Crime & Courts

‘Tiger King’ Star Pleads Guilty

Doc Antle facing extensive prison time …

Mahamayavi Bhagavan Antle (a.k.a. Doc Antle) – one of the stars of the Netflix smash hit Tiger King – has pleaded guilty in federal court to money laundering and violating the Lacey Act, a federal statute which “prohibits trafficking of illegally taken wildlife, fish or plants, including animals protected under the Endangered Species Act.”

Antle, 63, of Salinas, California, was arrested last June – news which was exclusively reported by this media outlet. Following his arrest, Antle and a co-conspirator were charged with money laundering crimes involving more than $500,000. Federal officials accused Antle and co-conspirator Andrew Jon Sawyer of Myrtle Beach, S.C. of laundering $505,000 which they “believed to be the proceeds of an operation to smuggle illegal immigrants across the Mexican border into the United States.”

“Antle and his coconspirator would take the cash they received and deposit it into bank accounts they controlled,” a release from federal prosecutors noted. “They would then write a check to the individual that had provided the cash after taking a 15 percent fee per transaction.”

This activity took place between February and April of last year, according to prosecutors.

The plan was for Antle to conceal the money “by inflating tourist numbers” at Myrtle Beach Safari, a fifty-acre wildlife preserve which offers tours and private encounters with exotic wildlife. Antle owns that business – officially known as The Institute for Greatly Endangered and Rare Species (T.I.G.E.R.S.) – as well as a nonprofit called the Rare Species Fund.

“During these encounters our guests connect with wildlife in a very intimate way which personally involves them in the lives of these amazing animals,” the T.I.G.E.R.S./ Rare Species Fund website noted. “They then walk away into the world with a desire to save these creatures and help preserve their environments.”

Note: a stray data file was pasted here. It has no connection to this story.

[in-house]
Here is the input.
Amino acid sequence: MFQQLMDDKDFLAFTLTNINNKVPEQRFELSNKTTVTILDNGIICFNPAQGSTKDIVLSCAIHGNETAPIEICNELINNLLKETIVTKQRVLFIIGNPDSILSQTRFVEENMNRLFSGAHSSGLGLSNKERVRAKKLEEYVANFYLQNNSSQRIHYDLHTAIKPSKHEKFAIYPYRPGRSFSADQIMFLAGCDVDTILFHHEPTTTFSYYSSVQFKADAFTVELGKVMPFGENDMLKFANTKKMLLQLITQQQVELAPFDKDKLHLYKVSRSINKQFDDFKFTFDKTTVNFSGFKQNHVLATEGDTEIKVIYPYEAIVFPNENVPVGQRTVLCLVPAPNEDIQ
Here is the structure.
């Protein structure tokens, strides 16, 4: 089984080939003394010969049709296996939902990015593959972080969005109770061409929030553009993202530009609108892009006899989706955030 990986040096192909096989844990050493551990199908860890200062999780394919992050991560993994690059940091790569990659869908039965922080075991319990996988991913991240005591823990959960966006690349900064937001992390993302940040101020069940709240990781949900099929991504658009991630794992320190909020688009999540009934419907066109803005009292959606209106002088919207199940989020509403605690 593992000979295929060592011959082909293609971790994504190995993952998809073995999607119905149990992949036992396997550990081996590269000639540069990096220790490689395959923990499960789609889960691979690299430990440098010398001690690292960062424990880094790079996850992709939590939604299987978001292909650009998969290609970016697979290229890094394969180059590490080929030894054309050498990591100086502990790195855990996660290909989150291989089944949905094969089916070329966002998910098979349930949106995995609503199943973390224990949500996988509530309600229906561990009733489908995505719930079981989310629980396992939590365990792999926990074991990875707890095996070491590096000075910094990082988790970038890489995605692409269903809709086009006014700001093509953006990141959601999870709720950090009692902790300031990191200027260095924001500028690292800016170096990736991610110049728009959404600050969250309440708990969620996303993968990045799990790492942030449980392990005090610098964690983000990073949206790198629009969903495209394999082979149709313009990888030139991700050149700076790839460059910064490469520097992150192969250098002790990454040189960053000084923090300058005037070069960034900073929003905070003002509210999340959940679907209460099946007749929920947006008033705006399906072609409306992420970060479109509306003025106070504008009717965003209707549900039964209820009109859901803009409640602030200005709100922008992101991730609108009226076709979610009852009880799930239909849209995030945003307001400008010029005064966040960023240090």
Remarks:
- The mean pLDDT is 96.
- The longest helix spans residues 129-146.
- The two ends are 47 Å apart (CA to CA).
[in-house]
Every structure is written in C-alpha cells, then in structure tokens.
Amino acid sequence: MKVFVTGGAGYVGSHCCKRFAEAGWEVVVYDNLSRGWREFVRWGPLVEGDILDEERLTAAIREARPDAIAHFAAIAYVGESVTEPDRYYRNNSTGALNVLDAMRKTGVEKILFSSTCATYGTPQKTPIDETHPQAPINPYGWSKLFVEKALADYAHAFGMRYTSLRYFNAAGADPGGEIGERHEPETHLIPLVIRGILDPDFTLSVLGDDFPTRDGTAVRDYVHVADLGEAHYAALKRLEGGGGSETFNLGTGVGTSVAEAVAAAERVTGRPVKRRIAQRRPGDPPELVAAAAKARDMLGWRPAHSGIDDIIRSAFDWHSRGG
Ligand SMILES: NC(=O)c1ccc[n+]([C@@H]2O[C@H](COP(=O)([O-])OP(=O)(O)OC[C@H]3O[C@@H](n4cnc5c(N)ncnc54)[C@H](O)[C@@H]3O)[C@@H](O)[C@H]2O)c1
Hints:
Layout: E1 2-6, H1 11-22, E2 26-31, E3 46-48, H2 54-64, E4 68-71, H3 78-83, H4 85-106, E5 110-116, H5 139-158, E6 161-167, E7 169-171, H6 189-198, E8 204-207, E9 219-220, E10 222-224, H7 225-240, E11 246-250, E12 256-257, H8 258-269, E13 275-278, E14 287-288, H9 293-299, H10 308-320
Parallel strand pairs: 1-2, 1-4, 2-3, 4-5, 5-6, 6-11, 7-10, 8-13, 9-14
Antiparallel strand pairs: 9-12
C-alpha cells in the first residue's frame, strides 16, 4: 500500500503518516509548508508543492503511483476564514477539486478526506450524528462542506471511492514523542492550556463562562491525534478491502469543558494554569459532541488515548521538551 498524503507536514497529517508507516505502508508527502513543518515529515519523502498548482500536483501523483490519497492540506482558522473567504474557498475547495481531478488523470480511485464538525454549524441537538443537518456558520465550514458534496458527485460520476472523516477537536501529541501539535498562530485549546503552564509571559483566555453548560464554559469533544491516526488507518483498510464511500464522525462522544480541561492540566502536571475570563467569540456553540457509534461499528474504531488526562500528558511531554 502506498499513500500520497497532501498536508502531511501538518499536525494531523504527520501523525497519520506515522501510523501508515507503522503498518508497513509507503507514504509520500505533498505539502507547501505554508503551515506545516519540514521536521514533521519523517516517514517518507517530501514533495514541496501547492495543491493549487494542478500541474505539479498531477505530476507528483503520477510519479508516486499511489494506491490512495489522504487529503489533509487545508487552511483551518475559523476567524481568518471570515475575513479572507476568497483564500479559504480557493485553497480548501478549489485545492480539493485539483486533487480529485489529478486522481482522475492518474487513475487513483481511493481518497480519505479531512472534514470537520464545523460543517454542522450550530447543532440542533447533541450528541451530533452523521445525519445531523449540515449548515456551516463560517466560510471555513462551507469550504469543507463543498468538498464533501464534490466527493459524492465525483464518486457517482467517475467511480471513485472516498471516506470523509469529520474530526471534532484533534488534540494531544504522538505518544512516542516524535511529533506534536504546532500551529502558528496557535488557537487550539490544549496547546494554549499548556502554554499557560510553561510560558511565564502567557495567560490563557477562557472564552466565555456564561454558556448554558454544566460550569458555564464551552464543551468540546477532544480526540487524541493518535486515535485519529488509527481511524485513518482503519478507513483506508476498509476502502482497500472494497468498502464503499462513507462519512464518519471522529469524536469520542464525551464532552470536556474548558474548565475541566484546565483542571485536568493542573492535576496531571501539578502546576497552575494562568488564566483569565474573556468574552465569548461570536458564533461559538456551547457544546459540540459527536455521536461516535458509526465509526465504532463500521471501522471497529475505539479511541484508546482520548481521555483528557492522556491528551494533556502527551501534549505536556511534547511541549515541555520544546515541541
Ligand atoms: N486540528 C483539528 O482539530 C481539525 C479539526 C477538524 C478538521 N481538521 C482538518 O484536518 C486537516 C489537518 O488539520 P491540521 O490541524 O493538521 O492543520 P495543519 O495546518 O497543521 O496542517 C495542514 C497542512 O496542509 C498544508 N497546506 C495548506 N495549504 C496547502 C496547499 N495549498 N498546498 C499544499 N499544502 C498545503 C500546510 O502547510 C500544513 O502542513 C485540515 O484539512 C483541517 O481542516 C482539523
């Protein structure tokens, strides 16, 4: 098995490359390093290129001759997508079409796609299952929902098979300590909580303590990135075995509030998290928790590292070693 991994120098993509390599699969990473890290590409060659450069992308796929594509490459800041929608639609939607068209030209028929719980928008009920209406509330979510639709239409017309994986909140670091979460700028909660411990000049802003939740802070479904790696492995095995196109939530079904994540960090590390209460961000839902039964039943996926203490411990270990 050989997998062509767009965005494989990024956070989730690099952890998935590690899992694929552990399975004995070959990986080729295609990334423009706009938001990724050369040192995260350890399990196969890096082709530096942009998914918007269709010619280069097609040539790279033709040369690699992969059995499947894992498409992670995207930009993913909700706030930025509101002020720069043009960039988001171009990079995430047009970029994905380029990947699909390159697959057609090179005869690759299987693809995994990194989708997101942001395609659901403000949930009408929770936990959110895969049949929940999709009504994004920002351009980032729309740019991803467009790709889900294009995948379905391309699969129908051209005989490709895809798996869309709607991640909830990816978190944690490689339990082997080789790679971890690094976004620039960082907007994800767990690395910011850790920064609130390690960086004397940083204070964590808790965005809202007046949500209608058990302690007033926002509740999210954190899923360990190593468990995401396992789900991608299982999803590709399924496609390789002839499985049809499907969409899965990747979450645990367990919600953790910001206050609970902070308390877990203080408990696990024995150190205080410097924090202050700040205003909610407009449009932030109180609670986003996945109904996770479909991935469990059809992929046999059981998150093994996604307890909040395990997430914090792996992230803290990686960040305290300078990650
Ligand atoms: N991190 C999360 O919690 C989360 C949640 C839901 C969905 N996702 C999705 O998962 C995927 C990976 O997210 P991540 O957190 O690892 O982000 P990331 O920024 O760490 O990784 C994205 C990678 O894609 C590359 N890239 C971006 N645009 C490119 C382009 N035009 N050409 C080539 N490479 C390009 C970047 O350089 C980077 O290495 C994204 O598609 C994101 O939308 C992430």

Antle also pleaded guilty to violating the Lacey Act between September 2018 and May 2020, during which time he directed “the sale or purchase of two cheetah cubs, two lion cubs, two tigers and one juvenile chimpanzee.” According to prosecutors, Antle “used bulk cash payments to hide the transactions and falsified paperwork to show non-commercial transfers entirely within one state.”

He also directed payments for endangered species to his nonprofit so as to make the appear to be “donations,” according to the feds.

“The defendant held himself out as a conservationist, yet repeatedly violated laws protecting endangered animals and then tried to cover up those violations,” assistant attorney general Todd Kim of the Justice Department’s Environment and Natural Resources Division (ENRD) said in a statement. “This prosecution demonstrates our commitment to combatting illegal trafficking, which threatens the survival of endangered animals.”

Agents of the Federal Bureau of Investigation (FBI) and the U.S. Fish and Wildlife Service (FWS) led the investigation, with state special agent in charge Steve Jensen crediting his agency’s commitment to “upholding the integrity of our financial systems and ensuring justice is served.

FWS assistant director Edward Grace also praised the outcome of the operation, which he said exposed “a pattern of illicit wildlife transactions orchestrated by the defendant under the guise of donations and false paperwork.”

(Click to view)

(Getty Images)

“Wildlife crime is often connected with other criminal activity, including money-laundering,” he said, touting the collaboration of federal agencies in continuing “to hold accountable those involved in wildlife trafficking and other related crimes to ensure the future of all federally protected species.”

Antle appeared in the first season of the Netflix hit Tiger King in 2020 – playing a starring role in a show which scored a staggering 34.3 million viewers during its first ten days of release. He was also the focus of a follow-up documentary entitled Tiger King: The Doc Antle Story – which aired in December 2021.

Antle has yet to be sentenced on these charges. For each count, he faces a maximum penalty of five years in prison, a fine of up to $250,000 and three years of supervised release. Antle’s guilty plea was received by U.S. district court judge Joseph Dawson III. A South Carolina native, Dawson will sentence Antle after “receiving and reviewing a sentencing report” prepared by the U.S. Probation Office.

Antle’s case was prosecuted by senior trial attorney Patrick M. Duggan of ERND, assistant U.S. attorney Amy Bower and former U.S. attorney Derek Shoemake.



Will Folks (Dylan Nolan)

Will Folks is the founding editor of the news outlet you are currently reading. Prior to founding FITSNews, he served as press secretary to the governor of South Carolina. He lives in the Midlands region of the state with his wife and seven (soon to be eight) children.



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